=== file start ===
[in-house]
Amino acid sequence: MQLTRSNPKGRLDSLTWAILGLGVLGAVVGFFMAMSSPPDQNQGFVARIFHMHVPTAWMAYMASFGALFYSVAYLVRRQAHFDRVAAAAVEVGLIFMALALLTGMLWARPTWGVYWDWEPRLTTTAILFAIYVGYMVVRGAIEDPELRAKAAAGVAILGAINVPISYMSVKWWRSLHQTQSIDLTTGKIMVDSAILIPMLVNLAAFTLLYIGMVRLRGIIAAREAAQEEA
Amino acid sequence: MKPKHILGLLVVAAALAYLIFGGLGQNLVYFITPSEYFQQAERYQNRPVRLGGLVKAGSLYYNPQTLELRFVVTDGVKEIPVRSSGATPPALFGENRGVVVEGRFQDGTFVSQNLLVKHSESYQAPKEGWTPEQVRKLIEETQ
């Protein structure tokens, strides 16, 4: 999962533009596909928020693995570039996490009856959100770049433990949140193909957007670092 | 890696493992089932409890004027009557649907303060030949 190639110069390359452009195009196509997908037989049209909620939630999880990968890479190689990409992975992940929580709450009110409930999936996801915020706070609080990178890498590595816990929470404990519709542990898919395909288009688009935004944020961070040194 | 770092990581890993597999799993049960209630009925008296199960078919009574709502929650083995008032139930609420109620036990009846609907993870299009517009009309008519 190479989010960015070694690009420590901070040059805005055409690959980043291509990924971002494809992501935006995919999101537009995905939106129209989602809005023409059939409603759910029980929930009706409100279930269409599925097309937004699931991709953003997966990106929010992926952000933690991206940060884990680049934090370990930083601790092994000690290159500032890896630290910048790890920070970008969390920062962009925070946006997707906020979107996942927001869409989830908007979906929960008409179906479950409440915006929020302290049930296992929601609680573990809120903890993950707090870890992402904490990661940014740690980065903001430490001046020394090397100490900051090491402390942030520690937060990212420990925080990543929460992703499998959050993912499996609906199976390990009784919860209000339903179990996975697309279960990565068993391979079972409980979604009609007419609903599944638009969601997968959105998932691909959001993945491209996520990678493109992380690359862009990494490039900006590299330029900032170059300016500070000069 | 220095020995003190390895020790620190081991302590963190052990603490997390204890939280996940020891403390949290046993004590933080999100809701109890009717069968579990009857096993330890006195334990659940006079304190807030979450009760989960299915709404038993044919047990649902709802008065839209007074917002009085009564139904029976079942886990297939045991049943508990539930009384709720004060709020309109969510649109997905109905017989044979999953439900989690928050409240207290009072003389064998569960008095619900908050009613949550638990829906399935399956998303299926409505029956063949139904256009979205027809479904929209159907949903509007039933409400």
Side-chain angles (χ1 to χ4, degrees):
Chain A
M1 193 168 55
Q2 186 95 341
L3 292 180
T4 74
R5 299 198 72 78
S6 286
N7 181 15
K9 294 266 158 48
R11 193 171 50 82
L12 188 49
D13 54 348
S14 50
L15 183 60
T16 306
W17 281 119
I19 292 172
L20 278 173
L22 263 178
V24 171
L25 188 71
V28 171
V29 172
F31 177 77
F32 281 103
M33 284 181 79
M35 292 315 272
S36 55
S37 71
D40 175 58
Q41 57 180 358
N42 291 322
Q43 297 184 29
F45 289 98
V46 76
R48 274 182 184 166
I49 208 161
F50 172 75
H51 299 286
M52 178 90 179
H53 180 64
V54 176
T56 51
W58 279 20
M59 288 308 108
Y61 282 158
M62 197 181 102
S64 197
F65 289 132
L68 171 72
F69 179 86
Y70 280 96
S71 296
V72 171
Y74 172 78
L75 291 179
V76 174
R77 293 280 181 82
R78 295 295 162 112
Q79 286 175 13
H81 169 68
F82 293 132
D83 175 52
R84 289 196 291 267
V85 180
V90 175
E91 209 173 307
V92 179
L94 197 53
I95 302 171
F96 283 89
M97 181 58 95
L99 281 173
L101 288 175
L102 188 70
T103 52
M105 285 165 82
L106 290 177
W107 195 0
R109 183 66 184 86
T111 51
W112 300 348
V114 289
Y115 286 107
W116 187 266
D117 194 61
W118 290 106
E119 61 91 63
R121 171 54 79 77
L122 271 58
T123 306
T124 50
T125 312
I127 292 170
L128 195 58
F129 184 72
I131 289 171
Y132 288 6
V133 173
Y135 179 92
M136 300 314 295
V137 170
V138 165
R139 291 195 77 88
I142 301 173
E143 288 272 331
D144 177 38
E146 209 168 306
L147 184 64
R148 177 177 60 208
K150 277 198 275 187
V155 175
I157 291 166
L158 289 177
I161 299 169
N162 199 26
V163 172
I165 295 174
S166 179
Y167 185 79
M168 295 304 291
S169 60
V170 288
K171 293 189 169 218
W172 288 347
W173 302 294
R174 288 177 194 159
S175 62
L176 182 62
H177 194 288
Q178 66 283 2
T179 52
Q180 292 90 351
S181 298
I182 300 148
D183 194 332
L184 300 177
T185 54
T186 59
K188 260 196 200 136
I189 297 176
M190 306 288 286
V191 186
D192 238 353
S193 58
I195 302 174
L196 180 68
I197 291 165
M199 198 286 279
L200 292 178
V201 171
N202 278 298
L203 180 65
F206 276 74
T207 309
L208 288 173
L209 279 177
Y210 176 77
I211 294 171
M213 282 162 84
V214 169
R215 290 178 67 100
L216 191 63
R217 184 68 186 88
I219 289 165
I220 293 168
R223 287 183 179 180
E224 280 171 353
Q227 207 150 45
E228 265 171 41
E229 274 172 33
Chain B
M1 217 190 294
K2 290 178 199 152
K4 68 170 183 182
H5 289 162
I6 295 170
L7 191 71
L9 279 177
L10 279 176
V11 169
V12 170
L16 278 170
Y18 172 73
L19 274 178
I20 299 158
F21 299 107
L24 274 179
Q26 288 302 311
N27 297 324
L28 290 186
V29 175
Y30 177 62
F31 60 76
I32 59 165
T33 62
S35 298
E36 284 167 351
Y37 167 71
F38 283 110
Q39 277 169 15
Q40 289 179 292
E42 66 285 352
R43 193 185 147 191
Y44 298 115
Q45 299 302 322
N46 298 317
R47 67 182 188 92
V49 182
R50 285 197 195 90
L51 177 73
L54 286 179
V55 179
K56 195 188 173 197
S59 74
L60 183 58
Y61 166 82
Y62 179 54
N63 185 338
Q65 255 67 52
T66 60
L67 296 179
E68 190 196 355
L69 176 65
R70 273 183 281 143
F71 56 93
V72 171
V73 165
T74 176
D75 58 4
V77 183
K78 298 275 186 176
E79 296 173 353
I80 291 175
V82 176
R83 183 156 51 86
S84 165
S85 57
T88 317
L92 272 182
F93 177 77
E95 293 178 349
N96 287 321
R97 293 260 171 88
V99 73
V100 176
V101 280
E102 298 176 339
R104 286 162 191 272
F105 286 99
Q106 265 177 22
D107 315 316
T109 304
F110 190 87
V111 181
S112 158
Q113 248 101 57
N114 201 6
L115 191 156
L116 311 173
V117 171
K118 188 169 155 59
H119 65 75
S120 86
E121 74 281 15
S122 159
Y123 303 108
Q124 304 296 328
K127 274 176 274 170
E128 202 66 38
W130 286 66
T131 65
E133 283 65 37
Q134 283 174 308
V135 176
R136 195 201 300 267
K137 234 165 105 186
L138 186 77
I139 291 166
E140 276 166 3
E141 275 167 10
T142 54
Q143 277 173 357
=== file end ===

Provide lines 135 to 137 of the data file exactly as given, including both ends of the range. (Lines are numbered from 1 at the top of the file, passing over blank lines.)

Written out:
H177 194 288
Q178 66 283 2
T179 52